British parents have led the way to the popularity of nicknames that go straight on the birth certificate. Royal baby Archie only helped push this trend to the wider world.
All the nicknames, short forms, and diminutives here appear among the British Top 200 baby names for girls and boys.
At times, what qualifies as a nickname is a bit uncertain. So we decided Alex is NOT a nickname, but Xander is. Margo is not, but Maggie is.
Some of these British nicknames are making their way to babies in the US. They're ordered here according to their current popularity on Nameberry.
Origin:Diminutive of Margaret or flower name, English
Description:Daisy, fresh, wholesome, and energetic, is one of the flower names that burst back into bloom after a century's hibernation. Originally a nickname for Margaret (the French Marguerite is the word for the flower), Daisy comes from the phrase "day's eye," because it opens its petals at daybreak.
Origin:Scottish diminutive of Margaret or Mary
Meaning:"pearl or bitter"
Description:Maisie, a charming name long popular as a nickname for Margaret or Mary, entered the Top 1000 as itself ten years ago and continues to rise. Game of Thrones star Maisie Williams helped propel the name back into the limelight, along with the that of her character, Arya.
Origin:Diminutive of Theodore
Meaning:"gift of God"
Description:Many modern parents use Theo as the short form for Theodore rather than the dated Ted--including some celebs, such as Dallas Bryce Howard-- but others bypass the Grandpa name Theodore entirely and skip right to the hip nickname Theo. Short and ultra-chic, Theo's a cool, contemporary baby name choice.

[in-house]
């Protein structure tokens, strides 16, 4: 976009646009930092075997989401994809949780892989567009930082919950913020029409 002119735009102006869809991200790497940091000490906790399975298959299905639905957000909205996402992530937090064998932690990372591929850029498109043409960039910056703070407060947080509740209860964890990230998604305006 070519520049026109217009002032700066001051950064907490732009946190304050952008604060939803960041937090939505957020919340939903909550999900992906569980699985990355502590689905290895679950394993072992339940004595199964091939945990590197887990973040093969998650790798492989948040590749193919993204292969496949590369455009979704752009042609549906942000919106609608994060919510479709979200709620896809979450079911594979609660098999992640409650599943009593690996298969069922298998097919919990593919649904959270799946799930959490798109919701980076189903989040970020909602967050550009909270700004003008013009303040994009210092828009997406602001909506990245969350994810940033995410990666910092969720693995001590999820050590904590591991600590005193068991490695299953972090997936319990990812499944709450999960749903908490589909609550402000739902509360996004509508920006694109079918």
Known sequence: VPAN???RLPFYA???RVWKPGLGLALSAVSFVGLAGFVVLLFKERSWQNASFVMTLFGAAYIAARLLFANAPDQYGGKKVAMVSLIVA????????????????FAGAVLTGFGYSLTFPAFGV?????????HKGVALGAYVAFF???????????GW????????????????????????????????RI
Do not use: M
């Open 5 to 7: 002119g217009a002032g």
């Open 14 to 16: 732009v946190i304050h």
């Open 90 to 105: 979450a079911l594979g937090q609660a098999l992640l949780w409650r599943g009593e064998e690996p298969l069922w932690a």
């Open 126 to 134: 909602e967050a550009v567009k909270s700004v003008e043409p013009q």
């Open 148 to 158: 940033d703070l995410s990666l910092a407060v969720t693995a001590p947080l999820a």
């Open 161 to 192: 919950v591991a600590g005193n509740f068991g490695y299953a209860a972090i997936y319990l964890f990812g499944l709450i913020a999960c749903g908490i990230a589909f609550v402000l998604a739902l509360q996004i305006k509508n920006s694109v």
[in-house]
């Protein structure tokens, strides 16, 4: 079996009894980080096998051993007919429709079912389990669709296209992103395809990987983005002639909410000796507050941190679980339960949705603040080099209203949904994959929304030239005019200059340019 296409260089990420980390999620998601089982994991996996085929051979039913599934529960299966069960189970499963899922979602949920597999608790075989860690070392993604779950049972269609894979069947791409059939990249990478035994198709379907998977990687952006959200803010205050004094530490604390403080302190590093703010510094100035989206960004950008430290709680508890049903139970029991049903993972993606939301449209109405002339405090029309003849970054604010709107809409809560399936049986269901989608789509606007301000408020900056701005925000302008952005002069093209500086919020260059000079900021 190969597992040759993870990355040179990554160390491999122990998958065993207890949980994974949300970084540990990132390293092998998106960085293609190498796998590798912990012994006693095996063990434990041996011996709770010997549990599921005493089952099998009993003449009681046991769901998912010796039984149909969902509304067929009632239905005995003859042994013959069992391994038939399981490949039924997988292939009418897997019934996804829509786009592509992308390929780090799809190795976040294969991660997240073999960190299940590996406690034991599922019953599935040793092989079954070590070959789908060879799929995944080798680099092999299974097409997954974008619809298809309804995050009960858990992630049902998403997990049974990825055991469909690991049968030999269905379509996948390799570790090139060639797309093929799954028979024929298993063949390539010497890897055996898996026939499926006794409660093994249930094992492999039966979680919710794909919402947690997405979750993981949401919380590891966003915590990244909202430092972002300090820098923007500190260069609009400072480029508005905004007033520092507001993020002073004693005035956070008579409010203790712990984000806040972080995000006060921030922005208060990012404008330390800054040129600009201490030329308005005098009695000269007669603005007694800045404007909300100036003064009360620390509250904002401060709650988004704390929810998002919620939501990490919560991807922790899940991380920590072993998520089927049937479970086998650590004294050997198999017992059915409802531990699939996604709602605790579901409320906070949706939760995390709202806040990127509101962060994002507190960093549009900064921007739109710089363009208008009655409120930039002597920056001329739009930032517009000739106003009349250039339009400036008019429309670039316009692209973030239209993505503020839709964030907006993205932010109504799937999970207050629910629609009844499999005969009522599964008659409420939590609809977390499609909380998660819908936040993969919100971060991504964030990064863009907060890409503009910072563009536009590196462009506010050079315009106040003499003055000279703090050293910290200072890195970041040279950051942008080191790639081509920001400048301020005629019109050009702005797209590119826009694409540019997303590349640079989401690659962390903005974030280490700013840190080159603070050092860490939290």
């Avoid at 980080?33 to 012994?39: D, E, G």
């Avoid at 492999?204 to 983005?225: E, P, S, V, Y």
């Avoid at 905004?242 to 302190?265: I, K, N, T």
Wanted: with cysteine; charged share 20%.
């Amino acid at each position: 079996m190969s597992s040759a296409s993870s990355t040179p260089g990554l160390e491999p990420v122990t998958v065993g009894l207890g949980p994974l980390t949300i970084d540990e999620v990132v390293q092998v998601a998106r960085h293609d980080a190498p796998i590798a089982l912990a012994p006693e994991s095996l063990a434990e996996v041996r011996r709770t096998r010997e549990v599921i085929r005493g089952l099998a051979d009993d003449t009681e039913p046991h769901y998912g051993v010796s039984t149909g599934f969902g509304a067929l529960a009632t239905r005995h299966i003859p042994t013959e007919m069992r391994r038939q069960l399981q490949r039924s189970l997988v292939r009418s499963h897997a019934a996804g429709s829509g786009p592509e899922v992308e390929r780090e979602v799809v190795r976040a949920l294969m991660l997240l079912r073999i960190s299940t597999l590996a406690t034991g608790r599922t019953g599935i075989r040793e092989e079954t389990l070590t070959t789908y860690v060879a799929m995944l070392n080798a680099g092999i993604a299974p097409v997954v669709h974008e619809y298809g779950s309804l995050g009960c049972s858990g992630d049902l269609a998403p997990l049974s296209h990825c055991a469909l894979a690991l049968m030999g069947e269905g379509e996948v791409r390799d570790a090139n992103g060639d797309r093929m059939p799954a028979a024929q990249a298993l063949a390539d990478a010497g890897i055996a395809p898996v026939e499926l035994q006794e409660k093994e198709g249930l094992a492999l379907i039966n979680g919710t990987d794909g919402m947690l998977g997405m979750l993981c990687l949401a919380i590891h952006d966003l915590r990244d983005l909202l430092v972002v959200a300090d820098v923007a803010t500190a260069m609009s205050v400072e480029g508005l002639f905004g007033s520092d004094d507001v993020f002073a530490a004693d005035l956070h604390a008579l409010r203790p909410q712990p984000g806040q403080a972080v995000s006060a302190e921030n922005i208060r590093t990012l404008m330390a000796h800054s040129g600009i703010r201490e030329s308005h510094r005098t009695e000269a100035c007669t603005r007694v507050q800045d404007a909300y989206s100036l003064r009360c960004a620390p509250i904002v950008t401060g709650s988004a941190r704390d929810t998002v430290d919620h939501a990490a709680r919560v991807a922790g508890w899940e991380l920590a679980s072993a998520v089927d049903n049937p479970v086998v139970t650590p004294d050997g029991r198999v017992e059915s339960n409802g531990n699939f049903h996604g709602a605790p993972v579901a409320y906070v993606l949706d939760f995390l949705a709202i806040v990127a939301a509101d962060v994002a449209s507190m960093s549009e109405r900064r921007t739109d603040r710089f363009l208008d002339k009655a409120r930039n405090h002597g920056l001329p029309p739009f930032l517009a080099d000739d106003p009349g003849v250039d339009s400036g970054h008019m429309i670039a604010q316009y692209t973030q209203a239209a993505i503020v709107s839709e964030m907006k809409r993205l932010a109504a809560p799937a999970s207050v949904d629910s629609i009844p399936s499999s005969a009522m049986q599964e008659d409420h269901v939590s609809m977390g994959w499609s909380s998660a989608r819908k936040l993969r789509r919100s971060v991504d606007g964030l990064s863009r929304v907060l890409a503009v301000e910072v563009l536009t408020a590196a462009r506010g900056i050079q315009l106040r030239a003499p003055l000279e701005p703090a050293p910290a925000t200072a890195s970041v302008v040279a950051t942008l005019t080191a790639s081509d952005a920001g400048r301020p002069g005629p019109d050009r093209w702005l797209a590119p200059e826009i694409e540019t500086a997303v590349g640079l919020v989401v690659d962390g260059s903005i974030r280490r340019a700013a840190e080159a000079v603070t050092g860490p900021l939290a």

Origin:Diminutive of Sarah
Description:Sadie started as a nickname for Sarah, but their images couldn't be more disparate. Where Sarah is serious and sweet, Sadie is full of sass and fun.
Origin:Diminutive of Archibald, Teutonic
Description:Archie made global news as the surprise first name of the newborn royal baby, son of the Duke and Duchess of Sussex aka Harry and Meghan. Archie has now officially transcended Archie Bunker and Riverdale's Archie to take the, um, throne as the quintessential retro nickname name.
Origin:Diminutive of Elizabeth via its Scottish variation, Elspeth
Meaning:"pledged to God"
Description:Elsie is a sweet vintage nickname-name turned modern star. After a 30-year hiatus, Elsie started climbing the US popularity list 20 years ago and is still headed for the top.
Origin:Diminutive of Eve or Eva
Description:Evie was derived from Eve, which in turn comes from Chawwah, a Hebrew name related to the concept of life. Evie can be used as a nickname for any name that starts with Ev-, including Eva, Evelyn, and Evangeline, but also for names such as Genevieve and Maeve. Evie is typically pronounced with a long E sound, but a short E is also valid.
Origin:English, diminutive of Christopher
Meaning:"bearer of Christ"
Description:Actor Kit Harington, aka the dreamy Jon Snow on Game of Thrones, has given this nickname-name new style and appeal for boys. Actress Jodie Foster used it for her son.
Origin:English, diminutive of John
Meaning:"God is gracious"
Description:Jack is a derivative of John that originated in medieval England. The name went from John to Johnkin to Jankin to Jackin to Jack. The name was so common in the Middle Ages that Jack became a generic term for a man.
Origin:Diminutive of Mary, Hebrew